It's the Great Pumpkin Race, Charlie Brown
The weirdest regatta in Maine takes place in Damariscotta over Columbus Day weekend.
You might expect to find a lot of things in the water off the coast of Maine. Boats, brave swimmers, humpback whales — they all frequent our miles of coastline. But go to Damariscotta on Columbus Day weekend, and you’ll find something big, round, and orange jetting around in the water.
No, the clock has not struck midnight. And yes, those are giant pumpkins in the water. Welcome to Damariscotta’s Great Pumpkin Fest and Regatta, where giant pumpkins take to the shores of the Damariscotta River for a day of racing and inevitably wet fun.
This year marks the fourth anniversary of this festival, but it wasn’t always so formal. The idea came about when Buzz Pinkham, the owner of Pinkham’s Plantation, a landscape and garden center in Damariscotta, was reading a book on what to do with giant pumpkins. One of the suggestions was to build pumpkin boats. (A handful of pumpkin regattas are held across the country and throughout the world.) “I said to my buddy, Bill Clark, ‘We gotta do that.’ ” Recalls Pinkham. “He looked at me and said ‘I’ll grow pumpkins, I might even make a boat, but I’m not getting in it.’ ”
The first year Pinkham and Clark didn’t know whether they could pull off their plan and certainly didn’t expect spectators. “We built a boat, and we snuck into town, and we were going to launch it to see if it would work,” explains Pinkham. “Well, riding through town with a pumpkin and a outboard motor attracts attention.” Almost one hundred people watched that first year. The second year, a couple of hundred more viewed the spectacle. Last year there were thousands of spectators lining the water’s edge and the town streets.
The festival events have expanded accordingly and now include pumpkin displays — carved and painted by local artists — as well as some tasty pumpkin-flavored treats such as pancakes and ice cream. And, of course, there are the aquatic events. The regatta is divided into three categories: paddle boats, motorized boats, and super-modified boats (think pumpkins outfitted with fiberglass and hydrofoils). Ensuring that the boats float and move is half the battle and perhaps of less importance than the decoration. Anything from pirate flags and garden gnomes to fluorescent paints and elaborately themed designs — complete with captains in costume — are encouraged and can be spotted riding low in the water. Last year even the Damariscotta police were on hand, armed with speed guns to help set the Guinness World Record for the fastest pumpkin boat: ten miles per hour. Due to an untimely emergency, the police were unable to make it official, but the stage is set for this year.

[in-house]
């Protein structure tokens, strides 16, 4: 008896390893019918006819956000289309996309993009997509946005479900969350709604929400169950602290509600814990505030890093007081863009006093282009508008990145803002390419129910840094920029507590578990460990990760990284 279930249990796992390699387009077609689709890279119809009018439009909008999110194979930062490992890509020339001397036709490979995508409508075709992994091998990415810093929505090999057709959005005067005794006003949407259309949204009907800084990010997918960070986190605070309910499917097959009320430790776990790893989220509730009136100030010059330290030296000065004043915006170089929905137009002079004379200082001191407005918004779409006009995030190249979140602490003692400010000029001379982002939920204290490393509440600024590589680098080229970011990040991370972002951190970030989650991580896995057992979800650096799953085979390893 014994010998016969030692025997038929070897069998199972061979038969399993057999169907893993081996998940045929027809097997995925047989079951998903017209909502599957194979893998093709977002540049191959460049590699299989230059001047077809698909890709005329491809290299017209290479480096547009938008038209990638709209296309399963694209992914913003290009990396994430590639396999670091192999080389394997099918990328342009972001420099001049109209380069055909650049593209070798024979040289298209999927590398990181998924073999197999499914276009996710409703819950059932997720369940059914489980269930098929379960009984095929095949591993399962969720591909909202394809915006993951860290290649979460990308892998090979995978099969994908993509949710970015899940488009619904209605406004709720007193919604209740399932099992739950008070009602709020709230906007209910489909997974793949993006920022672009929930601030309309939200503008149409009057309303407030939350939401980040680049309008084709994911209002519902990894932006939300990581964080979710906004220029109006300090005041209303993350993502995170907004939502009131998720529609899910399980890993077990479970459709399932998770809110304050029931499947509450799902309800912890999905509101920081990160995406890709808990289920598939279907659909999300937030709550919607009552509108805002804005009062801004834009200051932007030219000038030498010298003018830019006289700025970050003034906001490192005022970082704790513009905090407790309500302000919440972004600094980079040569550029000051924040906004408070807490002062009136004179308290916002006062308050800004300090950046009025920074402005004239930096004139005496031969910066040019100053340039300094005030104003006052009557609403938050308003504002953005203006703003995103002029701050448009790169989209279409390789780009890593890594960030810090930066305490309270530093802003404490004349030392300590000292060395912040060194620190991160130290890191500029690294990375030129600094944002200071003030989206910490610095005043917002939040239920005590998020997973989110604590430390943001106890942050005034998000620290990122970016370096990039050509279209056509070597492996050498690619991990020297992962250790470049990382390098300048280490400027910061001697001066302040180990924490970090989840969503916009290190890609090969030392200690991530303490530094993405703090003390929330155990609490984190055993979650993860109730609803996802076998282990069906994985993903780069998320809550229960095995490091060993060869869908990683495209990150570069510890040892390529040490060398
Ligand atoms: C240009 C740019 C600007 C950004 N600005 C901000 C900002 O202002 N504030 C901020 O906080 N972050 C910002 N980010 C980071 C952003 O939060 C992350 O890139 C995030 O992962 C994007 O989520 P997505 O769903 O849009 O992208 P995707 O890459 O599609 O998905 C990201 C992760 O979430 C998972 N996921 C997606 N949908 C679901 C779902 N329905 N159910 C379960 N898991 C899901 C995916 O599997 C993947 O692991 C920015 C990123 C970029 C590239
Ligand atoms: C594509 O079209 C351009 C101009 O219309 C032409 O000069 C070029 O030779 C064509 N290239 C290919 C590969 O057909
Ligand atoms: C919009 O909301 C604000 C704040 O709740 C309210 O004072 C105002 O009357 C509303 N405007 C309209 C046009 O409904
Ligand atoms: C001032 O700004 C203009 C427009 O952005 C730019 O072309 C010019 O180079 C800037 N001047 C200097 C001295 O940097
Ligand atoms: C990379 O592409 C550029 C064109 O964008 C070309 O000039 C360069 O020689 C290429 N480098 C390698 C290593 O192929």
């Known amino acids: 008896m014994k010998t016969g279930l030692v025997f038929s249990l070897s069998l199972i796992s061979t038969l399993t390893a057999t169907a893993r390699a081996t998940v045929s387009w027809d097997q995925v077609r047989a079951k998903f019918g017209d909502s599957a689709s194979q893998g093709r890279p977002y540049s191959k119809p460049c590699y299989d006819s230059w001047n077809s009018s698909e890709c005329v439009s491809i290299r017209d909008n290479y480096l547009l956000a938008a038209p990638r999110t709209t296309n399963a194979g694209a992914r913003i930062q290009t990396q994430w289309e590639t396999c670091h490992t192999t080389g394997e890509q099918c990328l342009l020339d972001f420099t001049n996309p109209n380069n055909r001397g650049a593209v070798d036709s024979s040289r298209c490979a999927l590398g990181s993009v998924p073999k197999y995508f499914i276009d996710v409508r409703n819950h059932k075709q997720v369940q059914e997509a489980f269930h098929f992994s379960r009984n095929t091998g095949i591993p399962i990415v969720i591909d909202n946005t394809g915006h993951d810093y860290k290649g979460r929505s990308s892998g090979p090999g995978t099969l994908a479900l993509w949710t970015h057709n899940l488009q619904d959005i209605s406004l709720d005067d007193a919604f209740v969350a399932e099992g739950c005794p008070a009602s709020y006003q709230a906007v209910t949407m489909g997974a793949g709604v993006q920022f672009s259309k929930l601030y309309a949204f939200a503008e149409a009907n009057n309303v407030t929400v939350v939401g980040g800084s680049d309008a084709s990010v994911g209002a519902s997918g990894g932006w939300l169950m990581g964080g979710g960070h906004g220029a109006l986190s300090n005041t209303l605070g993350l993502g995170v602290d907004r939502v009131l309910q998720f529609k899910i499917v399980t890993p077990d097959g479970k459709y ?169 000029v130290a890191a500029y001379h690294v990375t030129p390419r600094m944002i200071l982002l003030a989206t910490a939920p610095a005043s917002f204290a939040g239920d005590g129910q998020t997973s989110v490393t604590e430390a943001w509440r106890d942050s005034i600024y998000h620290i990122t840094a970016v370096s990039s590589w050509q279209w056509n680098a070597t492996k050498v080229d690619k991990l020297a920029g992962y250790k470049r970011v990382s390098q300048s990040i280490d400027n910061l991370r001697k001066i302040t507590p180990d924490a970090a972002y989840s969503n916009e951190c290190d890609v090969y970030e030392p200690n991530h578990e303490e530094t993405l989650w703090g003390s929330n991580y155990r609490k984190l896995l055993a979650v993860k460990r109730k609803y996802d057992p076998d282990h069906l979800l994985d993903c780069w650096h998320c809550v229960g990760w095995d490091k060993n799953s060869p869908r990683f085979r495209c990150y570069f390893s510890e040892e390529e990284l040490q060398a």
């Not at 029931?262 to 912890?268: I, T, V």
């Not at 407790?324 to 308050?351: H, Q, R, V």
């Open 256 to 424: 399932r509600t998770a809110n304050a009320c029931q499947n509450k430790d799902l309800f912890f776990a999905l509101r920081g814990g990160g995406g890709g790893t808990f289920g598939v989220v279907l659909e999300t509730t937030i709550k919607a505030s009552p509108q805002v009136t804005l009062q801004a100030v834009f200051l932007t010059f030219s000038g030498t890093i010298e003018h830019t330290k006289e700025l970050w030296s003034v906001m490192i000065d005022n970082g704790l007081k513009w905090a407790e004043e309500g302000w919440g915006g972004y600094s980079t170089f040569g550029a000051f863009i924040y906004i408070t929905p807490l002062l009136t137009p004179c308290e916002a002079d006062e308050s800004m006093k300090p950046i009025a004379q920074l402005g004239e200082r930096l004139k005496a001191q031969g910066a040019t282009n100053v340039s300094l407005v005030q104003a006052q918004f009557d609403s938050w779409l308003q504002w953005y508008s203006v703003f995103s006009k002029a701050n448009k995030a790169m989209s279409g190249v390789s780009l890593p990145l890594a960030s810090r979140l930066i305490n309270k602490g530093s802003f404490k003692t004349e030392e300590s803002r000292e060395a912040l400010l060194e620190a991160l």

“Last year everybody was pretty excited in town,” explains Clark, who is also the head of the Maine Pumpkin Growers Organization, which promotes “the sport of growing giant pumpkins” across the state. “It brought huge amounts of business to Damariscotta. But, he warns, “the whole thing depends on if 2008 is a good growing season.”
And growing a six hundred to eight hundred pound pumpkin is no easy task. “That’s the ideal size,” says Clark. For a captainable pumpkin, that is. Last year the state’s largest pumpkin was quite a bit heavier, weighing 1,028 pounds. (Pinkham and Clark’s pumpkin was even larger, at 1,266 pounds, but was disqualified due to a crack.) “I probably spend four hours a day during the week and eight hours a day on the weekends working on the plants,” admits Clark. Reasonable, considering a pumpkin can grow twenty to thirty pounds a day, and the plant in its entirety can span from four hundred to eight hundred square feet. In hopes of increasing participation in the regatta and in giant pumpkin growing in general, the Maine Pumpkin Growers Organization gave away more than five hundred seedlings last spring. They hope to see more massive pumpkins in the river as a result. Pinkham is right: “Pumpkin mania is catching on here in Lincoln County.”
IF YOU GO: The Great Pumpkin Fest and Regatta runs through Monday, October 10 through 13 in downtown Damariscotta. For a schedule of events contact the Damariscotta Region Chamber of Commerce at 207-563-8340. To read about how to grow your own giant pumpkin, click here.
- By: Kathleen Fleury